Efforts such as mine often seem much ado about very little. If the president of the United States in his closing sayonara to the recent Japanese-hosted G-8 summit said, “Goodbye from the world’s biggest polluter,” how do I slow that environmental tsunami?

Makes me just burst with pride and want to hum the national anthem.

Friday, July 4, 2008

Red, White & Blueberry

I love blueberries, so much that I frequently wear them, especially when I forget my splatter guard, aka apron. How do I love thee? Let me count the ways: on cereal, ice cream, blueberry sauce on ice cream, mixed with cream, yogurt, blueberry pie, cobbler, tarts, cheesecake, and by the handful.

A few years ago Time magazine put out a spiel about the top ten foods that “pack a wallop”. Blueberries made the cut. Lab tests suggest that blueberries extend the lives of rats, though it’s beyond me why anyone would want to do that. The rats also showed balance, coordination, and memory improvement (like how to get in and out of your home’s walls). I could use improvement with all three of those skills.

Improved memory helps in lots of ways. Such as:
· Exams
· High school reunions
· Anniversaries and birthdays
· Finding your car in a parking lot
· When you forgot your grocery list
· Why you went into that room
· Finding your way back home

Blueberries also have, on a fresh weight basis, the highest antioxidant capacity of all the fresh fruits and vegetables tested to date.

One of my life’s philosophies is to celebrate and savor the small victories. If all you do is keep swinging for the bleachers, you will have mostly dour days. Scoring with a new recipe is a small victory. Scoring with a blueberry recipe makes my week.

I had been searching for a tart recipe that was simple and wasn’t overwhelmed by compote, glaze, or a vanilla cream filling. (Not that I dislike any of that.) Nothing on Food Network inspired me.

A few weeks ago a Los Angeles Times piece turned me on to a blog called Chocolate and Zucchini. The blogger is Clotilde Dusoulier. There’s link on the right of this page. I should hate her because she is much too bright and worldly at the sub-prime age of 28. She writes about all things food-related in all of Paris’ arrondissements. Her recent book is Clotilde’s Edible Adventures in Paris.

Her latest blog included this recipe. I’ve converted the grams to ounces for metric system-challenged folks like me.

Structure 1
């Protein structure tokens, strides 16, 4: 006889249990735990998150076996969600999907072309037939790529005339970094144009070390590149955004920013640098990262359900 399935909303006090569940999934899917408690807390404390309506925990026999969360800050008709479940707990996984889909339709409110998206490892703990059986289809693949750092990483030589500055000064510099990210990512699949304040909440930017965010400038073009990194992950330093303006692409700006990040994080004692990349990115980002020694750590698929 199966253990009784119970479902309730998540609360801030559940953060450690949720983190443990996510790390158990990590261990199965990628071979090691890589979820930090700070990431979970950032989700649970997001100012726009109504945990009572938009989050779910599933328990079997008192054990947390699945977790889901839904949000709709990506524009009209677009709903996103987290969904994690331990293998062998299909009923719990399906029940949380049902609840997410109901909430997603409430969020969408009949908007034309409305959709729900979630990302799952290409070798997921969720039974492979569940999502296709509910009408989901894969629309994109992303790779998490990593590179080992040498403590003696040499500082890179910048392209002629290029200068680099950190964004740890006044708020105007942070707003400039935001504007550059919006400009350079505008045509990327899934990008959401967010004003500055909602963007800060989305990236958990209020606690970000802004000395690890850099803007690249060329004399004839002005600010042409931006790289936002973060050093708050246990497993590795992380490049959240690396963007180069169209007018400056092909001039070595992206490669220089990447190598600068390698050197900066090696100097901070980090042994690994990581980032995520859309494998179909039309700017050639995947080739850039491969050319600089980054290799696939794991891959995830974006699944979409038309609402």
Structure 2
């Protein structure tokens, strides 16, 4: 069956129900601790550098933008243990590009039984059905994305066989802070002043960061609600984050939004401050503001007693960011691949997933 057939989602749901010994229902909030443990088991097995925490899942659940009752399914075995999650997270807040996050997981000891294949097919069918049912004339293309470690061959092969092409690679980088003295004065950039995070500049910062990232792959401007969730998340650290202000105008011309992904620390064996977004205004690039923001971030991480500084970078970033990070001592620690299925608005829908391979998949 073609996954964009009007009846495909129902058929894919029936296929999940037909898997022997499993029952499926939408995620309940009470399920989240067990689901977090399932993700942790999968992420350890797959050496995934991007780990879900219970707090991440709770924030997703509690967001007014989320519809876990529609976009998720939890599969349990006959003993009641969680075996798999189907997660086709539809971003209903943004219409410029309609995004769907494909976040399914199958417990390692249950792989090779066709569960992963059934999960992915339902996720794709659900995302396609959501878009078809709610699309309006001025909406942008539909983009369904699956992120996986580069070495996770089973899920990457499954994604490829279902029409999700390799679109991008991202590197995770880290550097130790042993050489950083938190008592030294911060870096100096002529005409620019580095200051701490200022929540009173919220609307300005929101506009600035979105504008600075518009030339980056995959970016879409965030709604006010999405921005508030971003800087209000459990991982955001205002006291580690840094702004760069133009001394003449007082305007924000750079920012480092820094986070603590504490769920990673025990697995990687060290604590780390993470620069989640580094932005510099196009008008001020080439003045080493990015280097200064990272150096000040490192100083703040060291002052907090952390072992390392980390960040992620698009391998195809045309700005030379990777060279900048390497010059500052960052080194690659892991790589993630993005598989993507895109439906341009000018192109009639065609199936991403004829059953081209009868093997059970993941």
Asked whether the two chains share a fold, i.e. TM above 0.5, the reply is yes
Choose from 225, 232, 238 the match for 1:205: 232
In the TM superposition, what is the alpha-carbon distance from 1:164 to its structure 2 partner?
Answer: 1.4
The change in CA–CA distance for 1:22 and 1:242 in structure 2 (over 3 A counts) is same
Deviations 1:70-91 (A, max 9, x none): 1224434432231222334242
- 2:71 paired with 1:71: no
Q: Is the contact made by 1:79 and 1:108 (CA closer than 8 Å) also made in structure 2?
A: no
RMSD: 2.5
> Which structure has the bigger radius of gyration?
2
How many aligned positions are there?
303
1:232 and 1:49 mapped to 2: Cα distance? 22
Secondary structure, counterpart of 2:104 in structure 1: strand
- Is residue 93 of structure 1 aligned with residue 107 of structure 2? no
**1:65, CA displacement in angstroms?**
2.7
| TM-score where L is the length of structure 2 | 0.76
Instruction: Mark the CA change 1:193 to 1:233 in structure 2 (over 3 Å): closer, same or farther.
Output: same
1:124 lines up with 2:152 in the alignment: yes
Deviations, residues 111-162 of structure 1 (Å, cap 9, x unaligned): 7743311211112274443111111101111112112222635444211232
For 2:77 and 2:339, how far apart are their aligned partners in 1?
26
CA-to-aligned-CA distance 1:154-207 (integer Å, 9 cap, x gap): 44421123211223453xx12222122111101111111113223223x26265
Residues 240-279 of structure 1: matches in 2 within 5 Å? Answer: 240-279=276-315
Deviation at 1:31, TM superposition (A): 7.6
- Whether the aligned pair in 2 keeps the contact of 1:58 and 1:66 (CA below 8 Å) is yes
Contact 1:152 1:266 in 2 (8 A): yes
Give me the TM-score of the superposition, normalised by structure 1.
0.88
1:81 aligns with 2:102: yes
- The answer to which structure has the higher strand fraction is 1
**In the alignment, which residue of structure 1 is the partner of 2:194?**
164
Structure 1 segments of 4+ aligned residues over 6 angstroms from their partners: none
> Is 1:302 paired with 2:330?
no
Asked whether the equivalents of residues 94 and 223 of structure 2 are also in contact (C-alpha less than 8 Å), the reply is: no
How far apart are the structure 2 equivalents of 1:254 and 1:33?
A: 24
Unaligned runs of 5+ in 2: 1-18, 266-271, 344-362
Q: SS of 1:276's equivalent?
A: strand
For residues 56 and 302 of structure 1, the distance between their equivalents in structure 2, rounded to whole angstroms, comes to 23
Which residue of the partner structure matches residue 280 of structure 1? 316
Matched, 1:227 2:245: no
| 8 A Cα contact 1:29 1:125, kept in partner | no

Tarte aux Myrtilles

Pie Dough
6 ounces flour
3 ounces sugar
3 ounces butter
Dash of milk

10.6 ounces fresh blueberries
1 tablespoon crème fraiche
1 tablespoon sugar
1 egg

· Preheat oven to 400 degrees, grease a 9-inch tart pan or line it with parchment paper.
· In a food processor, mix the sugar and butter until fluffy. (Butter should be at room temperature.) Add in the flour until the dough forms coarse crumbs. Add a dash of milk, and mix again. Pour this mixture evenly into your tart pan, and press the dough down to pack it and cover the surface of the pan, forming a little rim all around. Put in the oven and bake for 20 minutes.
· Take the pie crust out and lower the temperature to 360. Pour in the blueberries, and return to the oven for 15 minutes.
· Beat together in a small bowl the crème fraiche, sugar and egg. Take the tart out of the oven, pour the mixture evenly over the blueberries and return to the oven for another 15 minutes. Turn off the oven and leave it in for a final 15 minutes.
· Let cool completely, and sprinkle with a tablespoon of sugar just before serving.

· I increased the blueberry portion to one pound. I need all of the memory help I can get.
· If you have bonded with your oven, you know that temps can vary. I only cooked the crust initially for 15 minutes.
· I’m going to try this with raspberries.

French cooking can be complicated, but at times deliciously simple, like this tart.

This will be our 4th of July dessert, but with the addition of a single raspberry in the middle. Happy Independence Day.